I’ve mentioned before that one of the sites I regular to keep up to speed with the news and opinions of the American left is  Of late, they’ve really stepped it up, especially regarding the health care debate and the “Tea Party” movement that has sprung up around it.  Here’s their lastest little side note, a good one, from several angles:

But We Thought Socialists Made The Trains Always Run On Time

You gotta love those zany teabaggers. Now the people who went to D.C. to protest government-run programs – on government-built roads, with government-funded police protection etc – are complaining the government-run subway system didn’t meet their needs, and Texas Rep. Kevin Brady has sent an angry letter to the subway czar. The kicker: Brady voted against stimulus funds to improve the Metro. Cognitive dissonance, thy name is wingnut.

“I will demand answers from Metro,” wrote Brady to whatever socialist tyrant runs the D.C. subway.

Counting requires logic, and given the political right’s distaste for all things rational it’s no real surprise they may have some trouble counting from time to time.  Still, the difference between 1 and 20 should be obvious, as should the difference between 100,000 and 2,000,000.  From’s truth-o-meter:

In the competitive world of Washington protests, crowd size is often a matter of dispute. Organizers usually boast of huge crowds, while police and the news media offer much smaller estimates.

So supporters of Saturday’s “tea party” protests against President Barack Obama were quick to highlight their big turnout. To bolster countless claims on blogs and Facebook, many posted a photograph that showed a gargantuan crowd sprawling from Capitol Hill down the National Mall to the Washington Monument.

But it turns out the photo is more than 10 years old, apparently taken during a 1997 Promise Keepers rally.

I’ve witnessed first hand the difference between ‘official’ estimates of crowd size and on the ground reality, to say nothing of the wide swinging estimates that crowd participants can and do claim.  But while the (leftist) marches and rallies I’ve seen and been in usually vary by the thousands- a crowd of 5,000 people called 2-3,000 or a 500+ being ‘officially’ or in the news media called “a few hundred”, or even something close to 500,000 people being called “tens of thousands”, the right- who admittedly are pretty new to this grassroots, populist thing- take it to another level.  All last week the right-blogosphere and news commentators were proclaiming their righteousness vindicated by the “2 million” people they brought to DC.  Of course, the only problem with that number is that it is way the fuck off.  2 million?  Not a likely number for one city for almost any rally, right or left.  I was at the Million Woman March (or whatever it was called) in DC a few years ago; a DC march that organizers, city officials and the press all pegged to be around a million people (crowd estimates are, after all, extremely tricky things).  You knew that was a shitload of people because they (we) were literally everywhere- the entire city was over-run by participants and there wasn’t a store, train, bus, or sidewalk to be on or in where one wasn’t in the midst of other participants.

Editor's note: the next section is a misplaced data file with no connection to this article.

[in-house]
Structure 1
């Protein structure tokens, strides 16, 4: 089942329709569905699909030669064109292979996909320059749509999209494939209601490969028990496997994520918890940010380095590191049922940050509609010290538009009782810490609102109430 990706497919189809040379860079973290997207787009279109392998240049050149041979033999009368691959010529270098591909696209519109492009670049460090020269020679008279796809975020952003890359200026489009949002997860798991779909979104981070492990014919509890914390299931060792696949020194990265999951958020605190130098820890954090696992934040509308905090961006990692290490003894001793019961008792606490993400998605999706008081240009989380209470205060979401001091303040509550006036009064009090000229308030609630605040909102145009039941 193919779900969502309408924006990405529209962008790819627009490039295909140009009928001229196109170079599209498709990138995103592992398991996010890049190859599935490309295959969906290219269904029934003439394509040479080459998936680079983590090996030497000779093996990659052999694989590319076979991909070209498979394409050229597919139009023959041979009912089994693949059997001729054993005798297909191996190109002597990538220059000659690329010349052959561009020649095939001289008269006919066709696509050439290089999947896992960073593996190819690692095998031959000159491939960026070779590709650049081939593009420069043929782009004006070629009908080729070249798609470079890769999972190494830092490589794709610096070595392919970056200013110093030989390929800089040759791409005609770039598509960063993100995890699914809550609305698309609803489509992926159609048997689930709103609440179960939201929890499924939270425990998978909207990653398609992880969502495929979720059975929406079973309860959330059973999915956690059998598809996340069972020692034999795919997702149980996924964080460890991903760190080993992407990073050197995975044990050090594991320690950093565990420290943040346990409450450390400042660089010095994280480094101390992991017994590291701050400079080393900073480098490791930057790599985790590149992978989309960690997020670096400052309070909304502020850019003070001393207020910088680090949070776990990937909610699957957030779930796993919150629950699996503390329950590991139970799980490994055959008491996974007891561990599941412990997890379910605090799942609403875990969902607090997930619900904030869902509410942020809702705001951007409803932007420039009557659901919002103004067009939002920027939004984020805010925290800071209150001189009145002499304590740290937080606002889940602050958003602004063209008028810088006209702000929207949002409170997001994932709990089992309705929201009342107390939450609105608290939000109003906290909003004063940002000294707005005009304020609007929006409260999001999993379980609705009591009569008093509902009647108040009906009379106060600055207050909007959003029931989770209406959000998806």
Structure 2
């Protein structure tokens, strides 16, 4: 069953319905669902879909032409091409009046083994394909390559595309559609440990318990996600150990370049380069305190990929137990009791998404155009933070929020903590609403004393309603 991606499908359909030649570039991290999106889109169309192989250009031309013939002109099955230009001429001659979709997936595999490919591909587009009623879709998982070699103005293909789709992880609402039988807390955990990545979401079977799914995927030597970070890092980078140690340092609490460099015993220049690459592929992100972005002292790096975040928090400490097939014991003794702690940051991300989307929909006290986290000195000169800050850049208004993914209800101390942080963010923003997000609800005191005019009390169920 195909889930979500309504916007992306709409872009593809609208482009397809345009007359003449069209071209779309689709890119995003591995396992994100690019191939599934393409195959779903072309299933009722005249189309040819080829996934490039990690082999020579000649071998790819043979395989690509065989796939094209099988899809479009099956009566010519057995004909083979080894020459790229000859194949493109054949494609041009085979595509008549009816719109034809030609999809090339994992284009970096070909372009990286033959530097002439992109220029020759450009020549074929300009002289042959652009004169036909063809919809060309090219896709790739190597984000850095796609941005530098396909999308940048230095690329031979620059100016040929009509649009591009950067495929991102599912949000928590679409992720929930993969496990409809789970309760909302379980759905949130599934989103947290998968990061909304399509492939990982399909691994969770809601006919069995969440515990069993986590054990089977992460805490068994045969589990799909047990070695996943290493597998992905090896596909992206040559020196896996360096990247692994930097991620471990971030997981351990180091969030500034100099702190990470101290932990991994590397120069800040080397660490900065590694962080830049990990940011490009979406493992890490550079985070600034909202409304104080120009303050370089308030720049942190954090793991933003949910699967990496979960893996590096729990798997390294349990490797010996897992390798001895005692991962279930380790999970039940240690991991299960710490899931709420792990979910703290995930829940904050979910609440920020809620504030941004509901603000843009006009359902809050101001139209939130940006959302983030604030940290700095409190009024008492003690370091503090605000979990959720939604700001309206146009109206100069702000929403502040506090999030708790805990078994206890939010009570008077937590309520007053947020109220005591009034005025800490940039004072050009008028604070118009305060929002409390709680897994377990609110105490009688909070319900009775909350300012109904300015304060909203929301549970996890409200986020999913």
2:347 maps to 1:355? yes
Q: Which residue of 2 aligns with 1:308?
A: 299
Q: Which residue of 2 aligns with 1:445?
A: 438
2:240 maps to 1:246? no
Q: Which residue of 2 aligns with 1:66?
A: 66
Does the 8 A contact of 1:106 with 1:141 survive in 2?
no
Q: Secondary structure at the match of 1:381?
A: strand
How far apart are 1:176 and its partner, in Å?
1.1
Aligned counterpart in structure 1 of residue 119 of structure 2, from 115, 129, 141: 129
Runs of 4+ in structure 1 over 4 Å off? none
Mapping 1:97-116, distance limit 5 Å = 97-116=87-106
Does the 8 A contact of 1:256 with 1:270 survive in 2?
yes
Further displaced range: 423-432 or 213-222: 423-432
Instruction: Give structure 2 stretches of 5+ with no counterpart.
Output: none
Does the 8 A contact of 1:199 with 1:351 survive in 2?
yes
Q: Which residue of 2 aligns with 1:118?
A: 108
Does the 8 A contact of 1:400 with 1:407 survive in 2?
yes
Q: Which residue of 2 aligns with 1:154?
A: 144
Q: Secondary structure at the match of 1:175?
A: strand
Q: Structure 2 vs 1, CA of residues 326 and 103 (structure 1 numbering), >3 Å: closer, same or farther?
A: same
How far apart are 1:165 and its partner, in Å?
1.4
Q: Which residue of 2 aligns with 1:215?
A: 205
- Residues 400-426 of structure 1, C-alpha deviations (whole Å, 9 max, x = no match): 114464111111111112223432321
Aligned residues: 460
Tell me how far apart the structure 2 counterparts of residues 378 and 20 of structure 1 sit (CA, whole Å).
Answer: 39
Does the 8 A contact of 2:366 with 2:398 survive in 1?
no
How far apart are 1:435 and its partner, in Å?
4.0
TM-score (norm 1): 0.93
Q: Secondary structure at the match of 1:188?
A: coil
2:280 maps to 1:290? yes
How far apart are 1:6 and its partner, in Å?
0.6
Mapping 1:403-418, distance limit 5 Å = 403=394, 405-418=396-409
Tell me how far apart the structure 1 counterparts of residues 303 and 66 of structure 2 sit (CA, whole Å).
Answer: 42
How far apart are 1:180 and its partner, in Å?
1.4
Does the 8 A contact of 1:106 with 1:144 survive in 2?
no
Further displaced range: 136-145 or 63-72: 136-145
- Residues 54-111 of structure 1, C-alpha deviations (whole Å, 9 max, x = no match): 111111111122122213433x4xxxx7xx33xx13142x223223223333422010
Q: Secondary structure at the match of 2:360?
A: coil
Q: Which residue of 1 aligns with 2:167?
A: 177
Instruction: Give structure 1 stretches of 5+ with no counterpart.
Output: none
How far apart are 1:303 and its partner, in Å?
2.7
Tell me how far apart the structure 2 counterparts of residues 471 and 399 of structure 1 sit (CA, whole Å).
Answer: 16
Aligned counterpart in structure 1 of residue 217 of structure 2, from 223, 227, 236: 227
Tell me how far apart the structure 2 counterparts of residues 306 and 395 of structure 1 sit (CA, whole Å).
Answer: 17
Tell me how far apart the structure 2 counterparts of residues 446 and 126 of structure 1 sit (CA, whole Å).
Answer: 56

More from

Pete Piringer, public affairs officer for the D.C. Fire and Emergency Department, said the local government no longer provides official crowd estimates because they can become politicized. But the day of the rally, Piringer unofficially told one reporter that he thought between 60,000 and 75,000 people had shown up.

Even if we were to use the left’s standard for what to expect of crowd estimates from city officials (75,000 would often mean something more like 100,000 even up to 150,000) we get no where close to the political rally organizer’s wet dream number of 1 million; still way shy of the generally absurd 2 million mark.  But here’s the pic the right circulated to show their huge turn out last Saturday:

And this is where breaks it down, um, rationally:

We asked Piringer whether there were enough protesters to fill the National Mall, as depicted in the photograph.

“It was an impressive crowd,” he said. But after marching down Pennsylvania Avenue to the Capitol, the crowd “only filled the Capitol grounds, maybe up to Third Street,” he said.

Yet the photograph so widely posted showed the crowd sprawling all the way to the Washington Monument, which is bordered by 15th and and 17th Streets.

There’s another problem with the photograph: It doesn’t include the National Museum of the American Indian, a building located at the corner of Fourth Street and Independence Avenue that opened on Sept. 14, 2004. (Looking at the photograph, the building should be in the upper right hand corner of the National Mall, next to the Air and Space Museum.) That means the picture was taken before the museum opened exactly five years ago. So clearly the photo doesn’t show the “tea party” crowd from the Sept. 12 protest.

Also worth noting are the cranes in front of the Smithsonian Museum of Natural History. According to Randall Kremer, the museum’s director of public affairs, “The last time cranes were in front was in the 1990s when the IMAX theater was being built.”

There go those stupid, god-dam facts getting in the right’s way again.  Sorry there folks.